When Sally Susman first left college she went to work in the post room for a United States senator. There she overheard senior members of the team talking about an announcement they were due to make about the senator’s imminent retirement.
“I was young,” Sally tells Katie Macaulay in episode 85 of the Internal Comms Podcast. “I was naïve. I had a hot bit of gossip, and I told one person.”
That person told someone else, who told someone else, who told someone else… “The next thing I knew the media was calling and asking the senator about his plans.”
It soon became known in the office that Sally was, as she says now, “the weak link… I was horrified, ashamed. I went into the senator’s office to apologise but the dynamic between he and I was never the same.”
Now, four decades later, Sally says she still “sweats a little bit when I tell this story.”
So why include it in her new book?
“I learned a big lesson,” she says. “It is important to be open and honest about our shortcomings. It is in those moments that we really stretch ourselves and we learn and we grow.”
Today Sally is the Executive Vice President and Chief Corporate Affairs Office at Pfizer. Clearly that mistake in the senator’s office (and another she tells Katie about, which led to her ending up on the front page of the Wall Street Journal) wasn’t fatal.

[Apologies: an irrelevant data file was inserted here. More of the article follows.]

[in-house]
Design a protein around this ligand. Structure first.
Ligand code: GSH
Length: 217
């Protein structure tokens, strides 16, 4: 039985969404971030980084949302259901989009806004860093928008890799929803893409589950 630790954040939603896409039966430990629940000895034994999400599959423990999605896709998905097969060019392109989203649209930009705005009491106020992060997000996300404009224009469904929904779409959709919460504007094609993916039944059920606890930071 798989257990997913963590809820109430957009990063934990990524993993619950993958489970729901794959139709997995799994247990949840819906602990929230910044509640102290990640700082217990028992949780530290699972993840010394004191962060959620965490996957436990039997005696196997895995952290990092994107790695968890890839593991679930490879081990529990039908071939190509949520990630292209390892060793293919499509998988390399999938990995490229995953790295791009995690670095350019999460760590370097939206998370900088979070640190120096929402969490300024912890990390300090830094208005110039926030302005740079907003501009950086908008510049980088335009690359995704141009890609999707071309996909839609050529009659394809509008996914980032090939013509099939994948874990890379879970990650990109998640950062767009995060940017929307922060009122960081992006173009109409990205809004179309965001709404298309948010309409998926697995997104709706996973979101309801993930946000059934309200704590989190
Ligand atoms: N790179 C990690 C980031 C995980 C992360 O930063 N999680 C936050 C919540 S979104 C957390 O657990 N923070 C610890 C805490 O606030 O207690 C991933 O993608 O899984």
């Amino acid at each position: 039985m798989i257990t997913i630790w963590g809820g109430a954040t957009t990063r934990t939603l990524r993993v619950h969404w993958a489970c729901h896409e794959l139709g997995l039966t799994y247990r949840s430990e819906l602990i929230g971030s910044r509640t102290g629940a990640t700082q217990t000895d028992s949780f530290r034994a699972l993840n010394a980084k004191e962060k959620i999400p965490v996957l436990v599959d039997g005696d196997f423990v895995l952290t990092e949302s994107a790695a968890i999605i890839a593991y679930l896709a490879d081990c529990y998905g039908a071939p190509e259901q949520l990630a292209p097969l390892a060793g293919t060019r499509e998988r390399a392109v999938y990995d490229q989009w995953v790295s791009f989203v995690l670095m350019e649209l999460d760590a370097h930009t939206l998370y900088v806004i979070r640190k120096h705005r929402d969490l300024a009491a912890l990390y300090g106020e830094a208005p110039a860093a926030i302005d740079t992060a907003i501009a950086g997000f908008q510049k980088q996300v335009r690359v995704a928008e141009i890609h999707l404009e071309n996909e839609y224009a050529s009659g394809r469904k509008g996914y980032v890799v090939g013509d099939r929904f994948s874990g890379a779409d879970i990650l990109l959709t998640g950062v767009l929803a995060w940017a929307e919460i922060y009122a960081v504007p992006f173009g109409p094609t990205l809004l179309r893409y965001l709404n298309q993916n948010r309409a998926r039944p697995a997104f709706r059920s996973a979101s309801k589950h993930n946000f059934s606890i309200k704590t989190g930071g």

Sally’s Michael–“I’ve missed more than 9,000 shots in my career”–Jordan. She’s failed forward.
Her book Breaking Through: Communicating to Open Minds, Move Hearts and Change the World, includes 10 principles. One of them, “Measure up to the moment and take a pause,” is inspired by her past mistakes.
She now believes that any mistake you make is almost always a result of rushing. “There’s nothing worse than a communications person running around like a chicken with their head cut off,” she says.
So, her advice? Think like a concert pianist pausing for a moment to settle before they start to play, or a footballer taking a breath before that pivotal penalty shot.
“Take a moment, settle yourself, and decide your course forward.”
For more honesty and openness, and discussion about failure and success, tune into episode 85 of the Internal Comms Podcast.